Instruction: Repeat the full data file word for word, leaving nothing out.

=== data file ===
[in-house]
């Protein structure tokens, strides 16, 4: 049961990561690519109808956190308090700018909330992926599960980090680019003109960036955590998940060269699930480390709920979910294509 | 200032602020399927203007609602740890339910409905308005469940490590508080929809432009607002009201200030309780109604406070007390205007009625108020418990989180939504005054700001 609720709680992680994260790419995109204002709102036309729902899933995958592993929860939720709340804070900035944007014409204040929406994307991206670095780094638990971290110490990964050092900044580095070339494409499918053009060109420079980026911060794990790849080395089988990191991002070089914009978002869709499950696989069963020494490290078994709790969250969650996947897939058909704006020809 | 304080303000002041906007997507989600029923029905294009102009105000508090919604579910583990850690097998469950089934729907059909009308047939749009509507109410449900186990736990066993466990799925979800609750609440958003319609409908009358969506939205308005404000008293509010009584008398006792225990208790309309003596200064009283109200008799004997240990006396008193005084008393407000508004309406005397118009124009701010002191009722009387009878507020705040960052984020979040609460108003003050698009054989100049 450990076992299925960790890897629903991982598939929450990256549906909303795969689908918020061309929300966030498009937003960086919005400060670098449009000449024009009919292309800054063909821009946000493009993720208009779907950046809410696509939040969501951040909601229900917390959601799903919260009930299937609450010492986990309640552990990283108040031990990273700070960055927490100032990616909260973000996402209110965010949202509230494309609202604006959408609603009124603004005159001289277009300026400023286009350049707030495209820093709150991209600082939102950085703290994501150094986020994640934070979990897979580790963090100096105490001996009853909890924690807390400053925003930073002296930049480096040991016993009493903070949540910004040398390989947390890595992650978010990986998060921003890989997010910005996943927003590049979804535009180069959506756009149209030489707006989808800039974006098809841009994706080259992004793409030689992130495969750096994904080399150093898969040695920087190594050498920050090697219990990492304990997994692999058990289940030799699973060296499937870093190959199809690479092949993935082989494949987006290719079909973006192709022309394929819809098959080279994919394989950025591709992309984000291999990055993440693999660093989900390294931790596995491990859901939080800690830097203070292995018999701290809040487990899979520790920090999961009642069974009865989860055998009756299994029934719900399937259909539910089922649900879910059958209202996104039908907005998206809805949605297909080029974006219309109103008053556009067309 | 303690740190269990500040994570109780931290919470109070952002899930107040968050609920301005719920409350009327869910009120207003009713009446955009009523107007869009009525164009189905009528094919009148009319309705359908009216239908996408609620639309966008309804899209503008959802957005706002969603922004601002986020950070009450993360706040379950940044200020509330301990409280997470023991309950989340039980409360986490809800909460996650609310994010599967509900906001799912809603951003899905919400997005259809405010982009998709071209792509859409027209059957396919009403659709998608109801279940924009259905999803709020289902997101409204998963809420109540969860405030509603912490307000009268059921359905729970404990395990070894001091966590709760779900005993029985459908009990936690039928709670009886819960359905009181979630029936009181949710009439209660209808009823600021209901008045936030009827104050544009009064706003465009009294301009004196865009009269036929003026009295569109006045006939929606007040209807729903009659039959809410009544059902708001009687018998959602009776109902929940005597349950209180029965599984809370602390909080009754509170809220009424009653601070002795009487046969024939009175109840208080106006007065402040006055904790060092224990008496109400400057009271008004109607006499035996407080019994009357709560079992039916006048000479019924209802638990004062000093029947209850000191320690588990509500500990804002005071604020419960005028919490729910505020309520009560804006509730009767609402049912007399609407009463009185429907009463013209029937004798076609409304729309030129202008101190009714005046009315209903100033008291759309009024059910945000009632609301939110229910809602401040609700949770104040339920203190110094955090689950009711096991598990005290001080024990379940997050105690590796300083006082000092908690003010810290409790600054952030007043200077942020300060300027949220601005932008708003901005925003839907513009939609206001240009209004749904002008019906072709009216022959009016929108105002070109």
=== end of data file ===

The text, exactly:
[in-house]
């Protein structure tokens, strides 16, 4: 049961990561690519109808956190308090700018909330992926599960980090680019003109960036955590998940060269699930480390709920979910294509 | 200032602020399927203007609602740890339910409905308005469940490590508080929809432009607002009201200030309780109604406070007390205007009625108020418990989180939504005054700001 609720709680992680994260790419995109204002709102036309729902899933995958592993929860939720709340804070900035944007014409204040929406994307991206670095780094638990971290110490990964050092900044580095070339494409499918053009060109420079980026911060794990790849080395089988990191991002070089914009978002869709499950696989069963020494490290078994709790969250969650996947897939058909704006020809 | 304080303000002041906007997507989600029923029905294009102009105000508090919604579910583990850690097998469950089934729907059909009308047939749009509507109410449900186990736990066993466990799925979800609750609440958003319609409908009358969506939205308005404000008293509010009584008398006792225990208790309309003596200064009283109200008799004997240990006396008193005084008393407000508004309406005397118009124009701010002191009722009387009878507020705040960052984020979040609460108003003050698009054989100049 450990076992299925960790890897629903991982598939929450990256549906909303795969689908918020061309929300966030498009937003960086919005400060670098449009000449024009009919292309800054063909821009946000493009993720208009779907950046809410696509939040969501951040909601229900917390959601799903919260009930299937609450010492986990309640552990990283108040031990990273700070960055927490100032990616909260973000996402209110965010949202509230494309609202604006959408609603009124603004005159001289277009300026400023286009350049707030495209820093709150991209600082939102950085703290994501150094986020994640934070979990897979580790963090100096105490001996009853909890924690807390400053925003930073002296930049480096040991016993009493903070949540910004040398390989947390890595992650978010990986998060921003890989997010910005996943927003590049979804535009180069959506756009149209030489707006989808800039974006098809841009994706080259992004793409030689992130495969750096994904080399150093898969040695920087190594050498920050090697219990990492304990997994692999058990289940030799699973060296499937870093190959199809690479092949993935082989494949987006290719079909973006192709022309394929819809098959080279994919394989950025591709992309984000291999990055993440693999660093989900390294931790596995491990859901939080800690830097203070292995018999701290809040487990899979520790920090999961009642069974009865989860055998009756299994029934719900399937259909539910089922649900879910059958209202996104039908907005998206809805949605297909080029974006219309109103008053556009067309 | 303690740190269990500040994570109780931290919470109070952002899930107040968050609920301005719920409350009327869910009120207003009713009446955009009523107007869009009525164009189905009528094919009148009319309705359908009216239908996408609620639309966008309804899209503008959802957005706002969603922004601002986020950070009450993360706040379950940044200020509330301990409280997470023991309950989340039980409360986490809800909460996650609310994010599967509900906001799912809603951003899905919400997005259809405010982009998709071209792509859409027209059957396919009403659709998608109801279940924009259905999803709020289902997101409204998963809420109540969860405030509603912490307000009268059921359905729970404990395990070894001091966590709760779900005993029985459908009990936690039928709670009886819960359905009181979630029936009181949710009439209660209808009823600021209901008045936030009827104050544009009064706003465009009294301009004196865009009269036929003026009295569109006045006939929606007040209807729903009659039959809410009544059902708001009687018998959602009776109902929940005597349950209180029965599984809370602390909080009754509170809220009424009653601070002795009487046969024939009175109840208080106006007065402040006055904790060092224990008496109400400057009271008004109607006499035996407080019994009357709560079992039916006048000479019924209802638990004062000093029947209850000191320690588990509500500990804002005071604020419960005028919490729910505020309520009560804006509730009767609402049912007399609407009463009185429907009463013209029937004798076609409304729309030129202008101190009714005046009315209903100033008291759309009024059910945000009632609301939110229910809602401040609700949770104040339920203190110094955090689950009711096991598990005290001080024990379940997050105690590796300083006082000092908690003010810290409790600054952030007043200077942020300060300027949220601005932008708003901005925003839907513009939609206001240009209004749904002008019906072709009216022959009016929108105002070109």